So what can be done about it? Parts of Arizona, Texas, and Florida have instituted mask-wearing directives, and this will help and needs to be expanded, and public compliance with these directives is needed -- mask wearing may be unnecessary outdoors or when not near others indoors, but indoors when around other people, especially in crowded areas, they can make a huge difference. Mask wearing is not an issue of politics or freedom, it is an issue of public health in this pandemic, and it is a LACK of mask wearing that will lead to a loss of freedom if surges happen that lead to further lockdowns.
Additionally, businesses such as restaurants and bars need to follow the capacity restrictions in place. Some places may be tempted to let them slide, but these environments can be the most susceptible to super spread events, and so it is in their best financial interest to prevent these events.
These steps may not be enough to step the tide in places where the surge is accelerating so quickly, so the communities most affected by this surge may also need to consider rolling back some aspects of the reopening. From this blog my viewpoints on lockdowns are well documented: Because of the extensive collateral damage they impose on society, they are not sustainable long term and should be replaced by targeted mitigation strategies that can be sustained over time. That we should identify the key precautionary steps we can take that maximize the reduction of viral spread while enabling people to live as much of a normal life as possible. But if these precautionary steps are not followed, then surges like this one in the south may result that require more extreme mitigation measures to get under control. If this is necessary, my hope is that officials can identify which aspects of the reopening are causing the most risk and only roll those back -- to not reflexively try to go back to stay-at-home orders. And once under control, I hope we can find and follow the targeted steps to prevent them from happening again.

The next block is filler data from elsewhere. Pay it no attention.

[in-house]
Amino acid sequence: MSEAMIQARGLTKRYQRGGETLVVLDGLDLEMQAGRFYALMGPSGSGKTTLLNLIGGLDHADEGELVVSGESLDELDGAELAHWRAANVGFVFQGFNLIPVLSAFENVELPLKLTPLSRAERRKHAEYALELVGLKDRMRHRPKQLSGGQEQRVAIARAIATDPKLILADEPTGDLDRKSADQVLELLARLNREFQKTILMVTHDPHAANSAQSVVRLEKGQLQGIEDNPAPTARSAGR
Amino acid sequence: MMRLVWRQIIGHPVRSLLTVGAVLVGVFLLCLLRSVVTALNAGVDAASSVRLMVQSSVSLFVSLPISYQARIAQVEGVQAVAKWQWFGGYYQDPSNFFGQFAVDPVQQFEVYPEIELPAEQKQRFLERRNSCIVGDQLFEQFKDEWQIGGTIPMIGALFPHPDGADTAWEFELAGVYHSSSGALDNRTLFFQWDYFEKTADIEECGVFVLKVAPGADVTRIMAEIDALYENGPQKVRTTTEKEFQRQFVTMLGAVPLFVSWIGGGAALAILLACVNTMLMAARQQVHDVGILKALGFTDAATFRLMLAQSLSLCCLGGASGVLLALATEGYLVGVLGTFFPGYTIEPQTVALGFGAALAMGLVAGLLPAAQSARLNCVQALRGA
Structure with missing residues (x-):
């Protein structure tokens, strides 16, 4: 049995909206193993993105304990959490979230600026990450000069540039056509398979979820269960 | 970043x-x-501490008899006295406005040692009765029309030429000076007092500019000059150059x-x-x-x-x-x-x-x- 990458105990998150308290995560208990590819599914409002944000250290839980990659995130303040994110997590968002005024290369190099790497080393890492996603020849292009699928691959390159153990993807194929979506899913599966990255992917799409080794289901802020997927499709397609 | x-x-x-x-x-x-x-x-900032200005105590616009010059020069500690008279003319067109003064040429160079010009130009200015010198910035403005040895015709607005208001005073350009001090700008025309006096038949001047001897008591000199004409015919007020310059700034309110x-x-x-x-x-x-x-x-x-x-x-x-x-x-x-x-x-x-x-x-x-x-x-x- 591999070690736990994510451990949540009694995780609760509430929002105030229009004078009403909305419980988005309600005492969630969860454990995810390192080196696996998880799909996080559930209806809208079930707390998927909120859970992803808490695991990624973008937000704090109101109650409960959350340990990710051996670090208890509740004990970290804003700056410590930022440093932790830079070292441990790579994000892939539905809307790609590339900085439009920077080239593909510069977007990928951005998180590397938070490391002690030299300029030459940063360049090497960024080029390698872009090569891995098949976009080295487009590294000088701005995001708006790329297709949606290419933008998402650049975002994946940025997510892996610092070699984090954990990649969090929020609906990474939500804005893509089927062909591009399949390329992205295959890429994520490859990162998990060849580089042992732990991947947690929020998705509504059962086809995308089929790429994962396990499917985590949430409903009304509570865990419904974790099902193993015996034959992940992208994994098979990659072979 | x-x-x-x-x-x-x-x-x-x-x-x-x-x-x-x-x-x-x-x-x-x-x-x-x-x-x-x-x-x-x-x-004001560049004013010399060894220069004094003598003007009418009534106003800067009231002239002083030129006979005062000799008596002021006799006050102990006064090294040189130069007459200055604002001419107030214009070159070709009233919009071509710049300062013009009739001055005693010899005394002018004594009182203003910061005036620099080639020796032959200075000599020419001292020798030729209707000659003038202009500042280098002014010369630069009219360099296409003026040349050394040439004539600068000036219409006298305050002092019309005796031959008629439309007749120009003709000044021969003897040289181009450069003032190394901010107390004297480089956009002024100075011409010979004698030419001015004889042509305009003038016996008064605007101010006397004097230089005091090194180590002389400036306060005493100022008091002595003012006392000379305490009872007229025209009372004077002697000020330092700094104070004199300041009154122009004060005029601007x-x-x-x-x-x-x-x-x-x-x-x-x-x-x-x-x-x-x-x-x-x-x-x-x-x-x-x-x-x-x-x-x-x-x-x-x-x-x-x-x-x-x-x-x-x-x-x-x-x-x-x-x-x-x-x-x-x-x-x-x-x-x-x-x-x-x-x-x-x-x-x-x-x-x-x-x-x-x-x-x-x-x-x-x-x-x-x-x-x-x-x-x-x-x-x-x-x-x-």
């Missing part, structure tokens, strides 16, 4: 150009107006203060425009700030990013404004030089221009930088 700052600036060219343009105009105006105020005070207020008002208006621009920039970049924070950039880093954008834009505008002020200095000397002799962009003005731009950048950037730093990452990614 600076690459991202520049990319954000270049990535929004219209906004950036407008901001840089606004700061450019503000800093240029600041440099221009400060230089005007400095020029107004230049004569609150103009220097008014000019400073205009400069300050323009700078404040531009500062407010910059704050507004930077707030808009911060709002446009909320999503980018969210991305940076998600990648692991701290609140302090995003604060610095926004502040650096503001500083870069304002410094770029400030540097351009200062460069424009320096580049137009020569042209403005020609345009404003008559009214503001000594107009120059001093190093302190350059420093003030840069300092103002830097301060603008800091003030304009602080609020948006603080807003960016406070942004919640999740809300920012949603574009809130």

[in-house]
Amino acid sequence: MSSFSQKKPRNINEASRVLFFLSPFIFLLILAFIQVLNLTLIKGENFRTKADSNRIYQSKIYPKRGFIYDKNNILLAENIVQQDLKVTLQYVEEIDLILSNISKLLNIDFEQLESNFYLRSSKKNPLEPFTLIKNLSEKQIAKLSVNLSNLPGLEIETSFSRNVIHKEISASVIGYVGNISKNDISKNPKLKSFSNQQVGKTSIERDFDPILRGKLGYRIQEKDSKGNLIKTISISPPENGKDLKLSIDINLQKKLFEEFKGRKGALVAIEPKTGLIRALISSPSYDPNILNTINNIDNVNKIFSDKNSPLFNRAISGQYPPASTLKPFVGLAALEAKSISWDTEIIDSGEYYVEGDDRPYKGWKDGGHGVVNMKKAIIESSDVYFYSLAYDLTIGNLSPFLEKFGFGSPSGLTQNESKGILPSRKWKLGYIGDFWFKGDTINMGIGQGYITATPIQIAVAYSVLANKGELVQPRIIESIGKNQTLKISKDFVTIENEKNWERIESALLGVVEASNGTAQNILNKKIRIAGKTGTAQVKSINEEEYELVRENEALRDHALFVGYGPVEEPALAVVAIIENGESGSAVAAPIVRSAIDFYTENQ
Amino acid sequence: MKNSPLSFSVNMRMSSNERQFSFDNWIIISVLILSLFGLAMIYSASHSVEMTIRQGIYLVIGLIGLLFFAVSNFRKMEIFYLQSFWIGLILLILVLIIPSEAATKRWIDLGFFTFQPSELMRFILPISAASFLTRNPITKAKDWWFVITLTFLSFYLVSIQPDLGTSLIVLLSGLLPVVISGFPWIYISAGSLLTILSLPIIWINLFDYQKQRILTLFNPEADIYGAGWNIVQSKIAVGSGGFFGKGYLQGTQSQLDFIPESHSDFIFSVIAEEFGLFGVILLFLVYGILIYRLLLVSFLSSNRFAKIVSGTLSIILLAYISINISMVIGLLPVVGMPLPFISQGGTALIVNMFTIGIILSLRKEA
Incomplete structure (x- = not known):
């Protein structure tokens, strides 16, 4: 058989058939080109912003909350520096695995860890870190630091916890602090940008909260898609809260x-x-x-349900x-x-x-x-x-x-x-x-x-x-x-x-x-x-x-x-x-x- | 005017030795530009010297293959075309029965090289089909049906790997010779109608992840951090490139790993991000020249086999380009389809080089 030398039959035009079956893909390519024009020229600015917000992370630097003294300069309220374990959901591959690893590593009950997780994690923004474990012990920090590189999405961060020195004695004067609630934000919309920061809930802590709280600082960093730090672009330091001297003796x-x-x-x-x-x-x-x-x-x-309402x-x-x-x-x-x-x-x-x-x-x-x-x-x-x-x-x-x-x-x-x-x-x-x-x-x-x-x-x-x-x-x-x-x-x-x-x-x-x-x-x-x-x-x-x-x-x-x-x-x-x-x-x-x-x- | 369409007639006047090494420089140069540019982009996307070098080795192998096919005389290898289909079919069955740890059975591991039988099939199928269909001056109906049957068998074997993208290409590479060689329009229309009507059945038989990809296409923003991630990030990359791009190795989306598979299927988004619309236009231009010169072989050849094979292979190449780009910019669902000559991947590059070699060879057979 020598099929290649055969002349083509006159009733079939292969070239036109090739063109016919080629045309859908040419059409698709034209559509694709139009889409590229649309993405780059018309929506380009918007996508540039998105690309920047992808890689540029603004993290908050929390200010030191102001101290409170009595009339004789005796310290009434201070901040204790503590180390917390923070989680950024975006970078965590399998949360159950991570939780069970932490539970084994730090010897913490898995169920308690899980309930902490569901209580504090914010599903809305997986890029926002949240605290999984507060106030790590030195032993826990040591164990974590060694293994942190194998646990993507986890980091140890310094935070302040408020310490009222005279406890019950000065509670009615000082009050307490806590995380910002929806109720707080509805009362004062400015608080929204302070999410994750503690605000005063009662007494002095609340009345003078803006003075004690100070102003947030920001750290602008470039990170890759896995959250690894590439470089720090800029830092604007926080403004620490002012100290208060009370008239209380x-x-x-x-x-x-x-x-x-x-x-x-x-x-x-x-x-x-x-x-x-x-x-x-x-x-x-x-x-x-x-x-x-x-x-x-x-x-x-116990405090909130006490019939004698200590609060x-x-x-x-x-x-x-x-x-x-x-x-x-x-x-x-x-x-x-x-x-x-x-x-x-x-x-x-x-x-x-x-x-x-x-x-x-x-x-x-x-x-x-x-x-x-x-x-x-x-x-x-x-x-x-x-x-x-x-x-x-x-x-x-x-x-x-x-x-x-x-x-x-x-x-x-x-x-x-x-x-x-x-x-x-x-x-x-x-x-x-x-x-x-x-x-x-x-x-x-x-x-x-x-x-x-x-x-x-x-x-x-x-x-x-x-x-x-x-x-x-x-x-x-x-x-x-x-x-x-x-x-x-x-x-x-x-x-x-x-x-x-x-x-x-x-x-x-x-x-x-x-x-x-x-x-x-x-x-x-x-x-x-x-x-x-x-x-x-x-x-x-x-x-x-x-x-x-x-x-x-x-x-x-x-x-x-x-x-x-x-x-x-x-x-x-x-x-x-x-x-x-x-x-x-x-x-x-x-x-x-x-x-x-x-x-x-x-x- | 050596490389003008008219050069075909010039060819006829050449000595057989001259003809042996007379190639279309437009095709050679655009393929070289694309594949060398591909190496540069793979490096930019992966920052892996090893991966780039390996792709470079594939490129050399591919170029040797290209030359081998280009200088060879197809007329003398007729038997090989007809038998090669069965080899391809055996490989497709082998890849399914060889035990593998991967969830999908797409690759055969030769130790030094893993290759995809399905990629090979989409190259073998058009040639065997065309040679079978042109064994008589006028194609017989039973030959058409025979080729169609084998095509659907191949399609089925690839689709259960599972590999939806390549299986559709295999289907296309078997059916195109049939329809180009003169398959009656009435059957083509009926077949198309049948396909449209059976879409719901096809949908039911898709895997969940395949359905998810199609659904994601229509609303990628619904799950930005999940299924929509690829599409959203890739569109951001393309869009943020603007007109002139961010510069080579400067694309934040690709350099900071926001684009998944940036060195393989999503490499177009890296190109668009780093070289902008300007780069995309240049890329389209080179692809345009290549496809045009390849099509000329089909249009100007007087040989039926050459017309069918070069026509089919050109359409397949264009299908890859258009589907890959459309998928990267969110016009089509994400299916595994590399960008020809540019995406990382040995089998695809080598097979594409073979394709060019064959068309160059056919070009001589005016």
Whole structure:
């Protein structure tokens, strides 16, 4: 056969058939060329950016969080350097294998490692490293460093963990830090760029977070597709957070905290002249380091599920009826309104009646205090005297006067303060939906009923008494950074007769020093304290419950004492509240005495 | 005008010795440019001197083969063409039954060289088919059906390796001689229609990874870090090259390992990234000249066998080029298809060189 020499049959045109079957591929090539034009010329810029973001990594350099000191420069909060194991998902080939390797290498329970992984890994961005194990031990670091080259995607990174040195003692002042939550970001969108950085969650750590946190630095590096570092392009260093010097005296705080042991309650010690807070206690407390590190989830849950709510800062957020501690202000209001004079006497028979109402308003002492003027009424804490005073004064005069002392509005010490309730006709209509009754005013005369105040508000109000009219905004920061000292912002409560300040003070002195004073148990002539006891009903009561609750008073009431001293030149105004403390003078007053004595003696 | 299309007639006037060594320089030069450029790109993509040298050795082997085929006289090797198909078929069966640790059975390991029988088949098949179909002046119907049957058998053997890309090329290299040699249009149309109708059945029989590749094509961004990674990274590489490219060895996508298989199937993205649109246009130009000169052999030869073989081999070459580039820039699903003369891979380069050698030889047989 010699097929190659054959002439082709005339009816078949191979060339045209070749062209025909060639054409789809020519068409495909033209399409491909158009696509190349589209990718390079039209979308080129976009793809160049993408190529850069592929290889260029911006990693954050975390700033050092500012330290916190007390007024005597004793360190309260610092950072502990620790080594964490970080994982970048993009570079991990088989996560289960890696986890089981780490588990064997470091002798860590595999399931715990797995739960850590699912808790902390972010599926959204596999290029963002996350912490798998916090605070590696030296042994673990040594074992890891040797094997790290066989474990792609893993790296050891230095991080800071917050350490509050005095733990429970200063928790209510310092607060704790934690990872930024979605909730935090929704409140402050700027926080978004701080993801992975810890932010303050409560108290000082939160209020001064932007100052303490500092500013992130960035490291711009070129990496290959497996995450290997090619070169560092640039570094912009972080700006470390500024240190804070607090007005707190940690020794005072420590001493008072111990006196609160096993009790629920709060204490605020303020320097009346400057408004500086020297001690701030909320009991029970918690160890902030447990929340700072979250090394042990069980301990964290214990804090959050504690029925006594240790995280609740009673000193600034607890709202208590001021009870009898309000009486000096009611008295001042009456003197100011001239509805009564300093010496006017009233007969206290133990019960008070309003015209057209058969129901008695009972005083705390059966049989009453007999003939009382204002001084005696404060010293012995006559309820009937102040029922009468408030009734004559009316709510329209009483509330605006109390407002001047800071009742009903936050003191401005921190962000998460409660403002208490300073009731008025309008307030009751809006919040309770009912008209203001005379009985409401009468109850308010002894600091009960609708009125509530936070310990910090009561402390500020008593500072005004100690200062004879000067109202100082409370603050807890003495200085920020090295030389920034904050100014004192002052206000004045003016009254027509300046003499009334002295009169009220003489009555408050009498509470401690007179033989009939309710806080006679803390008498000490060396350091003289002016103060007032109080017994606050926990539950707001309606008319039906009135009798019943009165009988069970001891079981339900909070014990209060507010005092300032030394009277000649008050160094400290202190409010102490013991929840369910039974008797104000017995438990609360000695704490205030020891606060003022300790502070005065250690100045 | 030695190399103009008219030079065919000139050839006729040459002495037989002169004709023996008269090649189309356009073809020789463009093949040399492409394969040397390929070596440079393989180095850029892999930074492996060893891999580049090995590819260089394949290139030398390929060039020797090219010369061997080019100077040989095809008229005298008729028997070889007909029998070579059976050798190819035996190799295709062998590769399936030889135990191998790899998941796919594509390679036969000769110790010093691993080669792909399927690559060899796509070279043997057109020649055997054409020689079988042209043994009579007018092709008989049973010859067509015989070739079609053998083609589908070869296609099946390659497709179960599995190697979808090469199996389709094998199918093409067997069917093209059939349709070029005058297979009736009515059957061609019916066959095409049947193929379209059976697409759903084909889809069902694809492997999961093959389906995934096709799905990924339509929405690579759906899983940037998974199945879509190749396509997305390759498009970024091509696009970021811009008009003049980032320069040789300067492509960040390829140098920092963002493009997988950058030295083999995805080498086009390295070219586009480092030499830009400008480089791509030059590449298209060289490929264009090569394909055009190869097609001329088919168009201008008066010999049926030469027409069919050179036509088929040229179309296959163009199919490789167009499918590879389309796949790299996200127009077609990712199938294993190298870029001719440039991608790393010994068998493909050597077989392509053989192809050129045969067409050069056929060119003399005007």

This message is also important for other locations with similar factors, including southern states like Georgia, North Carolina, Alabama, Mississippi, Louisiana, Arkansas, Oklahoma and Tennessee as well as western states including Utah, Nevada, and desert California. These places may be prone to this same surge, and many have shown some evidence of upticks in the past few weeks, so need to be vigilant to take the steps to avoid joining the surge currently experienced in these four states. Their proximity to Arizona, Texas, Florida and South Carolina, very highly populated states, may contribute to the potential for a surge given the increased interstate travel that has picked up in the past month.
Comments on Death Rates:
Some people look at the decreasing COVID-19 related death rates, and think this means we should not be concerned about this surge in cases. There are a number of factors related to this, but breaking these down requires an involved discussion that I am saving for a future blog post later this week. Suffice it to say that I think it would be very unwise to let this cause us to downplay the risk of the current surge.